Antibiotic Susceptibility Patterns of Bacteria Isolated from Wards, Operating Room and Post-Operative Wound Infections among Patients Attending Mama Lucy Hospital, Kenya.
Auna, Amulioto Johnstone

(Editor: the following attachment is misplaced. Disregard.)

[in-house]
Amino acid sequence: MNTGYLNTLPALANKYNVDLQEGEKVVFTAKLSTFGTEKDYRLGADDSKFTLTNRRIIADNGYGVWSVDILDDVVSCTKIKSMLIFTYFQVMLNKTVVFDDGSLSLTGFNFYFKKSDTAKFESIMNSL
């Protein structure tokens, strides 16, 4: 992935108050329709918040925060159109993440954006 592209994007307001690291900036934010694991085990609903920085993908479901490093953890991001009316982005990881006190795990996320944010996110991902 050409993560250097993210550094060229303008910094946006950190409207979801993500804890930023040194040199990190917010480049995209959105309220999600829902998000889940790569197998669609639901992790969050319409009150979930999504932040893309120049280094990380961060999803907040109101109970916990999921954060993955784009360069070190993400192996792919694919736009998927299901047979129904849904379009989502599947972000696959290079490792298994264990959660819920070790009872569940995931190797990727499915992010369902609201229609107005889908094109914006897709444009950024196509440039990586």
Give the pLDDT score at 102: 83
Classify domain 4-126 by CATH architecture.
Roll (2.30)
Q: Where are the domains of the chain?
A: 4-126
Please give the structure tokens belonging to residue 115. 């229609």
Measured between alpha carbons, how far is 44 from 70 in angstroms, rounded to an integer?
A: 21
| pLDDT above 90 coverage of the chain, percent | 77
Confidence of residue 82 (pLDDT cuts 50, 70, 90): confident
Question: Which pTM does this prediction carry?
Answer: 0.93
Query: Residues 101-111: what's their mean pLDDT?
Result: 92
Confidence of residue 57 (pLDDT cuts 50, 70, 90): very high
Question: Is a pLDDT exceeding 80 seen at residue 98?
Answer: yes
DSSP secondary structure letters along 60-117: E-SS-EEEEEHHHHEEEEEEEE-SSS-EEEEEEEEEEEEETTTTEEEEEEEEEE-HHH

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Surgical site infections are a worldwide problem in the field of surgery contributing to increased mortality and morbidity. However, despite advances in the control of surgical site infections, the risk of acquiring these infections has not fully been eliminated due to the emergence and spread of resistant bacteria pathogens. In Kenya, there were scanty published reports on the antibiogram of surgical site infection pathogens lurking in the hospitals. The objective of this research was to determine the prevalence and antibiotic susceptibility patterns of bacteria isolated from the wards, operating room, and surgical site infections among patients attending Mama Lucy Hospital. This was a cross-sectional descriptive study of patients with post-operative wound infections in the hospital wards. Purposive sampling was employed and a total of 126 samples collected. Of these, 58 came from surgical site infected patients and 68 were obtained from predefined areas of the wards and operating room of the facility. The samples were processed through Gram stain, culture, and an array of biochemical tests. Subsequently, antibiotic susceptibility tests by Kirby bauer disc diffusion technique were performed on the isolated bacteria. Data collected was analyzed using a statistical package for the social sciences (SPSS) version 20 and chi-square (p<0.05). A total of 137 bacteria were isolated from the culture positive swabs, 78 of these came from the wound pus swabs while 59 were recovered from the hospital surface swabs. Among the SSI bacteria, Staphylococcus aureus (28.2%) was the preponderant bacteria followed by E.coli (15.4%). In the wards and operating room, the main bacterial contaminant was Staphylococcus aureus. Based on the sensitivity report, all the SSI bacteria isolates were sensitive to Chloramphenicol (69.2%). Wherease the environmental bacteria isolates had sensitivity to Ciprofloxacin (86.4%), Doxycycline (88.1%), Chloramphenicol (93.2%) and Vancomycin (100%). Majority of the environmental isolates were highly resistant to Ampicillin/cloxacillin. In conclusion, the most prevalent SSI bacteria was Staphylococcus aureus, while Chloramphenicol was seen as the best drug for treating SSI at the hospital. The facility therefore needs to identify the most frequent bacteria associated with SSI. In addition, they need to monitor the bacteria that frequently contaminate the wards and operating room. The current antibiogram profile will help policy makers in the healthcare sector and the current setting to improve the current local guidelines on antibiotic prophylaxis for treatment of surgical site infection. The profiling will also assist in monitoring bacteria resistance trends within the institution and the country. Information generated from the hospital environment will help the infection control team at the current set-up to improve on the prevention of healthcare associated infections by carrying out active monitoring of hospital contaminants.